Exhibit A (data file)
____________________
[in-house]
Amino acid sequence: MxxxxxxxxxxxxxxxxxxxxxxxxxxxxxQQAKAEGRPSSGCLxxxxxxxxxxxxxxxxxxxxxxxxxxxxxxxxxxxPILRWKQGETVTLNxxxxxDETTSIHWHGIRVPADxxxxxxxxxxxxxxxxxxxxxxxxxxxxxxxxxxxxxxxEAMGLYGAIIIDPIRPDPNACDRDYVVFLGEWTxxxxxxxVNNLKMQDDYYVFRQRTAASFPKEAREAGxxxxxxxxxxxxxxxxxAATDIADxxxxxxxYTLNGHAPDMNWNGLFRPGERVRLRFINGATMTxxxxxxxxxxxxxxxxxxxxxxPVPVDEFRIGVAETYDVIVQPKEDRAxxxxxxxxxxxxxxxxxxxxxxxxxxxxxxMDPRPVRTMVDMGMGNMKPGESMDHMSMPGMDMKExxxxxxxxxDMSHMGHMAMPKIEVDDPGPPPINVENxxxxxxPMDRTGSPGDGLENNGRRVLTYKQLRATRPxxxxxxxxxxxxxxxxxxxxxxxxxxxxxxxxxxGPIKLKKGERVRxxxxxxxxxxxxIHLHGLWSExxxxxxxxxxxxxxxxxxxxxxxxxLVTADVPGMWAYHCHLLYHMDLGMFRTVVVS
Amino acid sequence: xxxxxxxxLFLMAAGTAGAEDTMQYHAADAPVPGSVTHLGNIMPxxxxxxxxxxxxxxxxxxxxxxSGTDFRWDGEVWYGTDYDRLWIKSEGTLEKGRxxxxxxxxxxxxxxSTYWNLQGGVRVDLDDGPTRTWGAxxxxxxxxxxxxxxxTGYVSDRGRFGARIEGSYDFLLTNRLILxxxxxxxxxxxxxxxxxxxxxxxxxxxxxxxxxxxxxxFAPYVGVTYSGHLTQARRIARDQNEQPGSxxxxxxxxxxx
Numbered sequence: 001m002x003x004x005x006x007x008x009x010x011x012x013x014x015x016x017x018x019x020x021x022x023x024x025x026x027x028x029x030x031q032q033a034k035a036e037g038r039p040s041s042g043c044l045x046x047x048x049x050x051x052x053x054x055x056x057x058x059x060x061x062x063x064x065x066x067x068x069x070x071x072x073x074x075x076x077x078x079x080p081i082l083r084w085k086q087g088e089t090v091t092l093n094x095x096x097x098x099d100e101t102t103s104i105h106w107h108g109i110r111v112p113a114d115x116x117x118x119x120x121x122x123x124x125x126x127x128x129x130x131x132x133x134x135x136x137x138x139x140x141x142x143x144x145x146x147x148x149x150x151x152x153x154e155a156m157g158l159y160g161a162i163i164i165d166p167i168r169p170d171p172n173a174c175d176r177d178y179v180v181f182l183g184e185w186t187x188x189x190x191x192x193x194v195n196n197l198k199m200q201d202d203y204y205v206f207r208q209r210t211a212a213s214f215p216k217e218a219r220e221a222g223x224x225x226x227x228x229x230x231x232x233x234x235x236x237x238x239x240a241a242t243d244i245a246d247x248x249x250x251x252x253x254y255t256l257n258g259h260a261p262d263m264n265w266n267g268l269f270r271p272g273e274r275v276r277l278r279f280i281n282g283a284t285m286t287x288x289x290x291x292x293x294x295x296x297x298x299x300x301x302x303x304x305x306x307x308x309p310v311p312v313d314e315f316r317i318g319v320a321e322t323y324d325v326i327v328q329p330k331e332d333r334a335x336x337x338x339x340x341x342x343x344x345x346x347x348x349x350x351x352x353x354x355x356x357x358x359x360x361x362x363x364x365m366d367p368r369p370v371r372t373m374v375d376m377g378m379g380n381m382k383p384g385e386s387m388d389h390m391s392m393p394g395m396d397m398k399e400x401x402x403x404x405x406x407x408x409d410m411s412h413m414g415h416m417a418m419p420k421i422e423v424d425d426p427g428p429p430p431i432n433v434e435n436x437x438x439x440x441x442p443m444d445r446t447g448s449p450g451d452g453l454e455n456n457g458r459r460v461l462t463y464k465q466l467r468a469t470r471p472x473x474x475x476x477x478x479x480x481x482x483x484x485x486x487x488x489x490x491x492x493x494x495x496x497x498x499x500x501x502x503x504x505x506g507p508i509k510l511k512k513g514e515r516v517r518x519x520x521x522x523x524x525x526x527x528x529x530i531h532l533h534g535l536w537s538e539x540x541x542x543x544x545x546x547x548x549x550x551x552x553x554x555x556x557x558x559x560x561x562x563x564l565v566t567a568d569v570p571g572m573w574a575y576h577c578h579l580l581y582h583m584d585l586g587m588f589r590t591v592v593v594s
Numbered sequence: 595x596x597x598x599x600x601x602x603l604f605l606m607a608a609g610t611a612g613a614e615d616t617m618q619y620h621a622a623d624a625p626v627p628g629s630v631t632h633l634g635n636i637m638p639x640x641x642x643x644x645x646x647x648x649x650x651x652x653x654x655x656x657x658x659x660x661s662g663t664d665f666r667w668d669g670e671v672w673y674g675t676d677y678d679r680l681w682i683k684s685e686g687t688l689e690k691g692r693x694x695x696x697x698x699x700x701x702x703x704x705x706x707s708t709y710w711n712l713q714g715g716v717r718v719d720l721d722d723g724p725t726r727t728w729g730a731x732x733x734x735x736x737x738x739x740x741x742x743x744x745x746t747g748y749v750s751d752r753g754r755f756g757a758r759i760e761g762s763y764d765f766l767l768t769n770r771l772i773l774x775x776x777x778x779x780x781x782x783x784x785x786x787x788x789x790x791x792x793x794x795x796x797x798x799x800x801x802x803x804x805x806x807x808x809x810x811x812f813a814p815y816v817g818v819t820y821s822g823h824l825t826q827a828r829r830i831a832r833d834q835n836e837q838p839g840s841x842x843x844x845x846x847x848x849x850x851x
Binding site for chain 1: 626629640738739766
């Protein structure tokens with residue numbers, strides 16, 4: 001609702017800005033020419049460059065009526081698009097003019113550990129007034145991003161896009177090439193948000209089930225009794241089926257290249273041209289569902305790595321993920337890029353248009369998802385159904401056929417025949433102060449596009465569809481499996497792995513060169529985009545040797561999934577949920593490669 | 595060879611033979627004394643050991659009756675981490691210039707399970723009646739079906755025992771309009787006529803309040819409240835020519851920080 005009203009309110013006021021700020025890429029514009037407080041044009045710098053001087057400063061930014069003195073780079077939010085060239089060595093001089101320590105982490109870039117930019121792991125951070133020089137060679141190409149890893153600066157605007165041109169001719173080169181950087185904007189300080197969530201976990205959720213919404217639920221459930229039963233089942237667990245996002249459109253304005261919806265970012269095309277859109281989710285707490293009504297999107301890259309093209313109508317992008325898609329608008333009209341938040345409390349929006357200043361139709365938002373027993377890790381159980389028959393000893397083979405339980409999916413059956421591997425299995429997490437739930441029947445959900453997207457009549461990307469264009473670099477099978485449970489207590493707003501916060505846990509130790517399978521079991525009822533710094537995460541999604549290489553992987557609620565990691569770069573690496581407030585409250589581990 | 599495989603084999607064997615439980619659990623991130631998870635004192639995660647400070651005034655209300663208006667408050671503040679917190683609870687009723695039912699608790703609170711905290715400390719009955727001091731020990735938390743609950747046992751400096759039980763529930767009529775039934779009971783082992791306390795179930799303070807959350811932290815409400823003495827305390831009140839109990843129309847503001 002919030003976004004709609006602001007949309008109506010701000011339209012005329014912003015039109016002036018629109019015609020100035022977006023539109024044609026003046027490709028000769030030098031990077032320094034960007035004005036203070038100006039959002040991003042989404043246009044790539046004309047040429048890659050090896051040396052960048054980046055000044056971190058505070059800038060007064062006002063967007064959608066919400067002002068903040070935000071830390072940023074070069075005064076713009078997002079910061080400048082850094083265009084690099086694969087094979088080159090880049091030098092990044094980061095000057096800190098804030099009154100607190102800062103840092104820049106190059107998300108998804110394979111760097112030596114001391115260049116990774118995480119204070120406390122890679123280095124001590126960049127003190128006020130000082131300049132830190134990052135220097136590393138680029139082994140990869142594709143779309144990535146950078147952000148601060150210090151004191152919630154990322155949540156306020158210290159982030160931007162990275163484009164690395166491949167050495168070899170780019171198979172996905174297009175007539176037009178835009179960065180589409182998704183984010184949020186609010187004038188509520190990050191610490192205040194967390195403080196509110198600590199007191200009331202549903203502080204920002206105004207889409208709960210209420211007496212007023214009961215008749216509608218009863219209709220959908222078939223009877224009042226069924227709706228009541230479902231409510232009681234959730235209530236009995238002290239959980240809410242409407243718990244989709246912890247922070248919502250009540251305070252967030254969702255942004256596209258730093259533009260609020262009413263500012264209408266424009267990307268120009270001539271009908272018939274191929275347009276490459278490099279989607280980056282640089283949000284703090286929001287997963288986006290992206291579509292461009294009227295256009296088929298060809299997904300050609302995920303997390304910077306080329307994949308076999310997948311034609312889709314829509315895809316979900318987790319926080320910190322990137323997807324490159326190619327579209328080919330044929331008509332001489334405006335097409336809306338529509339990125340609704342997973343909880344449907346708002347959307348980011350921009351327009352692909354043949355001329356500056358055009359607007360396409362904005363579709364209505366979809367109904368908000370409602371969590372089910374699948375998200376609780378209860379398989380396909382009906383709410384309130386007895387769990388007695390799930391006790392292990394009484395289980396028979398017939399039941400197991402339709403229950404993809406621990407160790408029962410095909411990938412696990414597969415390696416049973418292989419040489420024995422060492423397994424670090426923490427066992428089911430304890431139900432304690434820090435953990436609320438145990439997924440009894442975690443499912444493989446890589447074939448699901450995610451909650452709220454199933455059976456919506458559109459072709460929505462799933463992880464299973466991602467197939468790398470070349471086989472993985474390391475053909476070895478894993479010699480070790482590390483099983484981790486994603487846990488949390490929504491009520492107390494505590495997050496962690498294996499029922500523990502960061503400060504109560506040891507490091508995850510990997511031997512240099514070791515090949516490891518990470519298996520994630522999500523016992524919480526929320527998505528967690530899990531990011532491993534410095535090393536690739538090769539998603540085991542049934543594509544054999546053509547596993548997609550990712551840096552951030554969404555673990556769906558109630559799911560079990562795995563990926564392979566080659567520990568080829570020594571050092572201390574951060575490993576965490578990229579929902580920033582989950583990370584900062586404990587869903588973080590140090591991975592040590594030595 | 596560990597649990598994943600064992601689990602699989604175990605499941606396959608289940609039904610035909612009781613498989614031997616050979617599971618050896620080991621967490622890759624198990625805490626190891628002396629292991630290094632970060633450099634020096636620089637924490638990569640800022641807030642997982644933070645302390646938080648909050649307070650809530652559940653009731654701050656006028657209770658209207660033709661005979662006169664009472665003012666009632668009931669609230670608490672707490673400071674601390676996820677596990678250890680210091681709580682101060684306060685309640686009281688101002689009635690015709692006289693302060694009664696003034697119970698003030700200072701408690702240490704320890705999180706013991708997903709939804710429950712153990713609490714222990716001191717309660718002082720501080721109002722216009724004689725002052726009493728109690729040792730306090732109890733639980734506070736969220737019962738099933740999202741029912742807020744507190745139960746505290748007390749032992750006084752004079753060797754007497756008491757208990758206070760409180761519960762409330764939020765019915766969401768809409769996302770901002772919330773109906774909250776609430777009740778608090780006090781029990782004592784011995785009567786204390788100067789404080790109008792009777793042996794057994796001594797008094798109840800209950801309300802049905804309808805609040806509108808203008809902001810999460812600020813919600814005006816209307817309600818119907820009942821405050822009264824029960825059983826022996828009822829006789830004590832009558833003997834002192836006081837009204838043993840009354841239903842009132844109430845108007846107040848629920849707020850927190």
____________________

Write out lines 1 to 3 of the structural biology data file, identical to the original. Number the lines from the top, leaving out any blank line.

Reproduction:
[in-house]
Amino acid sequence: MxxxxxxxxxxxxxxxxxxxxxxxxxxxxxQQAKAEGRPSSGCLxxxxxxxxxxxxxxxxxxxxxxxxxxxxxxxxxxxPILRWKQGETVTLNxxxxxDETTSIHWHGIRVPADxxxxxxxxxxxxxxxxxxxxxxxxxxxxxxxxxxxxxxxEAMGLYGAIIIDPIRPDPNACDRDYVVFLGEWTxxxxxxxVNNLKMQDDYYVFRQRTAASFPKEAREAGxxxxxxxxxxxxxxxxxAATDIADxxxxxxxYTLNGHAPDMNWNGLFRPGERVRLRFINGATMTxxxxxxxxxxxxxxxxxxxxxxPVPVDEFRIGVAETYDVIVQPKEDRAxxxxxxxxxxxxxxxxxxxxxxxxxxxxxxMDPRPVRTMVDMGMGNMKPGESMDHMSMPGMDMKExxxxxxxxxDMSHMGHMAMPKIEVDDPGPPPINVENxxxxxxPMDRTGSPGDGLENNGRRVLTYKQLRATRPxxxxxxxxxxxxxxxxxxxxxxxxxxxxxxxxxxGPIKLKKGERVRxxxxxxxxxxxxIHLHGLWSExxxxxxxxxxxxxxxxxxxxxxxxxLVTADVPGMWAYHCHLLYHMDLGMFRTVVVS
Amino acid sequence: xxxxxxxxLFLMAAGTAGAEDTMQYHAADAPVPGSVTHLGNIMPxxxxxxxxxxxxxxxxxxxxxxSGTDFRWDGEVWYGTDYDRLWIKSEGTLEKGRxxxxxxxxxxxxxxSTYWNLQGGVRVDLDDGPTRTWGAxxxxxxxxxxxxxxxTGYVSDRGRFGARIEGSYDFLLTNRLILxxxxxxxxxxxxxxxxxxxxxxxxxxxxxxxxxxxxxxFAPYVGVTYSGHLTQARRIARDQNEQPGSxxxxxxxxxxx